June 23, 2006 | David F. Coppedge

Plants Use Electrical Sunscreen

Perhaps only a scientist, or a kid, would worry about how a plant doesn’t get sunburn, but it took elaborate scientific work for six months to find the answer.  EurekAlert told about research at the Biodesign Institute at Arizona State that found how plants get rid of excess solar energy.  They use carotenoids, molecules responsible for the yellow color of fruits and vegetables, like electrical wires to convey excess electrons safely away from their light-harvesting machines: “Carotenoids act as ‘wires’ to carry away the extra sunlight energy in the form of unwanted electrons, somehow wicking away the extra electrons across long distances from locations that could damage plant tissues and photosynthesis.”
    It’s no wonder these wires were not found earlier.  They are a “miniscule 2.8 nanometers long and less than a single nanometer thick, or about 10,000 times smaller than the width of a human hair.”  Carotenoids are not particularly conductive, but exceed the specifications required by the plant.  The surprise was that these molecules are able to shuttle the electrons across their surfaces without becoming oxidized themselves.  The new work sheds light on the process of photoprotection, “an intricate internal defense mechanism, … which acts like sunscreen to ward off the sun’s harmful rays.”  See also our 01/24/2005 entry on photoprotection, “one of Nature’s supreme examples of nanoscale engineering.”

Do a word search in this article for anything about evolution.  We got “word not found.”  The research was not motivated by or benefited by evolutionary speculation.  The scientists just wanted “to more fully understand how photosynthesis works.”  Students use similar motivation in auto shop without assuming car engines evolved from rocks.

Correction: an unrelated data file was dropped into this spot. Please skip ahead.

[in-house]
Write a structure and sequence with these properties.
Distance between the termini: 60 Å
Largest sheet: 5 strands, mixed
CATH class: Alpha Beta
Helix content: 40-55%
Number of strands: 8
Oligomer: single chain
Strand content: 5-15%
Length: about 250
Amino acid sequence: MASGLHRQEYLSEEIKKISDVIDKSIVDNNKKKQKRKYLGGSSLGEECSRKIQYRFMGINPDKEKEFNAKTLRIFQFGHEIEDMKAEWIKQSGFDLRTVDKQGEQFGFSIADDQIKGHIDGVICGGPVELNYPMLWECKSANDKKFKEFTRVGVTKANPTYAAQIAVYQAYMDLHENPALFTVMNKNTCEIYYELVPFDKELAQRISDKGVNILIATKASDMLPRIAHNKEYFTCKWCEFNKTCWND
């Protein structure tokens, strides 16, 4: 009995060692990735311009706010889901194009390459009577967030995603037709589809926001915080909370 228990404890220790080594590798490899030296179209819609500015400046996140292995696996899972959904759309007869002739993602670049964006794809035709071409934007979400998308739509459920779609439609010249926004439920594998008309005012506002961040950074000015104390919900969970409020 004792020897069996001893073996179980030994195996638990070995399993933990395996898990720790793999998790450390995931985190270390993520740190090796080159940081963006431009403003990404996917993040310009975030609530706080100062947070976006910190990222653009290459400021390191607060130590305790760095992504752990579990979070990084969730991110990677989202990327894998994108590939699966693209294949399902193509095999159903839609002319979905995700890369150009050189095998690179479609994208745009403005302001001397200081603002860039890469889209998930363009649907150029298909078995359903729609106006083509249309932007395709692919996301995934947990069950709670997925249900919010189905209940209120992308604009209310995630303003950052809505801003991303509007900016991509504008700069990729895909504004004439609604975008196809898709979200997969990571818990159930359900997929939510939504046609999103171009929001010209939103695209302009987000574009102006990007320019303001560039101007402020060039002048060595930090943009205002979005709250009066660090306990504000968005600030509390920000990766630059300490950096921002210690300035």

Notice where this research came from: the Biodesign Research Institute at U of A, whose starting point is “exploring the remarkable structure and function of living systems…. Inspired by nature and powered by collaboration, our bold new approach ensures that discoveries are rapidly translated into real-world benefits.”  (We left out the sentence in the middle that made no sense: “From microbes to man, these systems have been honed by thousands of years of natural selection.”  At least thousands is down from millions, and the sentence could be interpreted to mean that the systems were already present.)  Anyway, good research is flowing from another of the popular new interdisciplinary academic centers seeking to understand and apply biological design (05/13/2006, 06/25/2005).  The Darwin Party has nothing to offer this new trend in biodesign research and should get out of the way.  This is intelligent design science at work: stimulating and productive.

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